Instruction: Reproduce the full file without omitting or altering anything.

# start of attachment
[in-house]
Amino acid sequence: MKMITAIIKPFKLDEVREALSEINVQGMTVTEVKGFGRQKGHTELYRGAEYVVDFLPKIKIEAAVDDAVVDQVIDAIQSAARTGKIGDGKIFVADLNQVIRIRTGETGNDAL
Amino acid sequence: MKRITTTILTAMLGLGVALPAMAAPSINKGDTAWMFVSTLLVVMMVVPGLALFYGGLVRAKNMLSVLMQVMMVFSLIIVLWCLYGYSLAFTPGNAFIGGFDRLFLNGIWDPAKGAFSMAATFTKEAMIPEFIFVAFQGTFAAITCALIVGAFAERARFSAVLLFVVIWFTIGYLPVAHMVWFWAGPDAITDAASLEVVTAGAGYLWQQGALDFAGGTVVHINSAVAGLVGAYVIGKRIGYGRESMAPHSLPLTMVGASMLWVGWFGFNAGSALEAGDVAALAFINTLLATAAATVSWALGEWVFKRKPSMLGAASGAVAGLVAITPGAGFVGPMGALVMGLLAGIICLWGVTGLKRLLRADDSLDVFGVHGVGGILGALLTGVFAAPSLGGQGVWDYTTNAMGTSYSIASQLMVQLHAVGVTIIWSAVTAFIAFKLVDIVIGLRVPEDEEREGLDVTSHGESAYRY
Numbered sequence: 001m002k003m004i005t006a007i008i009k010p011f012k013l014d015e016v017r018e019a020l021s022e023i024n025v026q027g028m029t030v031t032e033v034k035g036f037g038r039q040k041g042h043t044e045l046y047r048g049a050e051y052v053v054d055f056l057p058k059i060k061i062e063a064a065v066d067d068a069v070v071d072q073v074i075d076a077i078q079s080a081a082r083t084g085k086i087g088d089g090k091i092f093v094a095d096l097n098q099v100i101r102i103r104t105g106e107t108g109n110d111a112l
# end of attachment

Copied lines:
[in-house]
Amino acid sequence: MKMITAIIKPFKLDEVREALSEINVQGMTVTEVKGFGRQKGHTELYRGAEYVVDFLPKIKIEAAVDDAVVDQVIDAIQSAARTGKIGDGKIFVADLNQVIRIRTGETGNDAL
Amino acid sequence: MKRITTTILTAMLGLGVALPAMAAPSINKGDTAWMFVSTLLVVMMVVPGLALFYGGLVRAKNMLSVLMQVMMVFSLIIVLWCLYGYSLAFTPGNAFIGGFDRLFLNGIWDPAKGAFSMAATFTKEAMIPEFIFVAFQGTFAAITCALIVGAFAERARFSAVLLFVVIWFTIGYLPVAHMVWFWAGPDAITDAASLEVVTAGAGYLWQQGALDFAGGTVVHINSAVAGLVGAYVIGKRIGYGRESMAPHSLPLTMVGASMLWVGWFGFNAGSALEAGDVAALAFINTLLATAAATVSWALGEWVFKRKPSMLGAASGAVAGLVAITPGAGFVGPMGALVMGLLAGIICLWGVTGLKRLLRADDSLDVFGVHGVGGILGALLTGVFAAPSLGGQGVWDYTTNAMGTSYSIASQLMVQLHAVGVTIIWSAVTAFIAFKLVDIVIGLRVPEDEEREGLDVTSHGESAYRY
Numbered sequence: 001m002k003m004i005t006a007i008i009k010p011f012k013l014d015e016v017r018e019a020l021s022e023i024n025v026q027g028m029t030v031t032e033v034k035g036f037g038r039q040k041g042h043t044e045l046y047r048g049a050e051y052v053v054d055f056l057p058k059i060k061i062e063a064a065v066d067d068a069v070v071d072q073v074i075d076a077i078q079s080a081a082r083t084g085k086i087g088d089g090k091i092f093v094a095d096l097n098q099v100i101r102i103r104t105g106e107t108g109n110d111a112l